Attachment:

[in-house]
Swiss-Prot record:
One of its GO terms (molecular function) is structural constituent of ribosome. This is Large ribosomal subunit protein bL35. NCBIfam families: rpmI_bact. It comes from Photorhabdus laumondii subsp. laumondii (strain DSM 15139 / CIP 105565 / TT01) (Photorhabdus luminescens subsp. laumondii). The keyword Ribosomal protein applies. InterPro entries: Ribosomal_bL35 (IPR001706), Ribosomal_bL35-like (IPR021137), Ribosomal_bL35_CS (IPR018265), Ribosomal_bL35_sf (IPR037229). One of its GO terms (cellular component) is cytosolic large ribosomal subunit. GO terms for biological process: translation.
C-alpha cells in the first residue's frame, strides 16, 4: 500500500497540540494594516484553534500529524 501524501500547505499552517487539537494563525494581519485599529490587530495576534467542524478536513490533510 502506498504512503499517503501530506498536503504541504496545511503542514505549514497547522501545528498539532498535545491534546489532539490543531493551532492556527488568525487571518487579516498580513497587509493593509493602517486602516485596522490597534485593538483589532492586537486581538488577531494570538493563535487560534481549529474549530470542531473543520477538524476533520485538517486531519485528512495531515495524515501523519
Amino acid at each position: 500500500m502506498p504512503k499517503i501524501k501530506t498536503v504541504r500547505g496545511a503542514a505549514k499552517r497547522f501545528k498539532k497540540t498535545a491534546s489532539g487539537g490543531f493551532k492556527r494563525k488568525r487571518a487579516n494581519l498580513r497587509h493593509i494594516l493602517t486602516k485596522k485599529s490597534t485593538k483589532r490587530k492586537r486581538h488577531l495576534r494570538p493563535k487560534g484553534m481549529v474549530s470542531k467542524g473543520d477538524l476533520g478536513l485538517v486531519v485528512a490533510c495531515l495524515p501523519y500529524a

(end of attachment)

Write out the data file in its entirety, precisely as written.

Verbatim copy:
[in-house]
Swiss-Prot record:
One of its GO terms (molecular function) is structural constituent of ribosome. This is Large ribosomal subunit protein bL35. NCBIfam families: rpmI_bact. It comes from Photorhabdus laumondii subsp. laumondii (strain DSM 15139 / CIP 105565 / TT01) (Photorhabdus luminescens subsp. laumondii). The keyword Ribosomal protein applies. InterPro entries: Ribosomal_bL35 (IPR001706), Ribosomal_bL35-like (IPR021137), Ribosomal_bL35_CS (IPR018265), Ribosomal_bL35_sf (IPR037229). One of its GO terms (cellular component) is cytosolic large ribosomal subunit. GO terms for biological process: translation.
C-alpha cells in the first residue's frame, strides 16, 4: 500500500497540540494594516484553534500529524 501524501500547505499552517487539537494563525494581519485599529490587530495576534467542524478536513490533510 502506498504512503499517503501530506498536503504541504496545511503542514505549514497547522501545528498539532498535545491534546489532539490543531493551532492556527488568525487571518487579516498580513497587509493593509493602517486602516485596522490597534485593538483589532492586537486581538488577531494570538493563535487560534481549529474549530470542531473543520477538524476533520485538517486531519485528512495531515495524515501523519
Amino acid at each position: 500500500m502506498p504512503k499517503i501524501k501530506t498536503v504541504r500547505g496545511a503542514a505549514k499552517r497547522f501545528k498539532k497540540t498535545a491534546s489532539g487539537g490543531f493551532k492556527r494563525k488568525r487571518a487579516n494581519l498580513r497587509h493593509i494594516l493602517t486602516k485596522k485599529s490597534t485593538k483589532r490587530k492586537r486581538h488577531l495576534r494570538p493563535k487560534g484553534m481549529v474549530s470542531k467542524g473543520d477538524l476533520g478536513l485538517v486531519v485528512a490533510c495531515l495524515p501523519y500529524a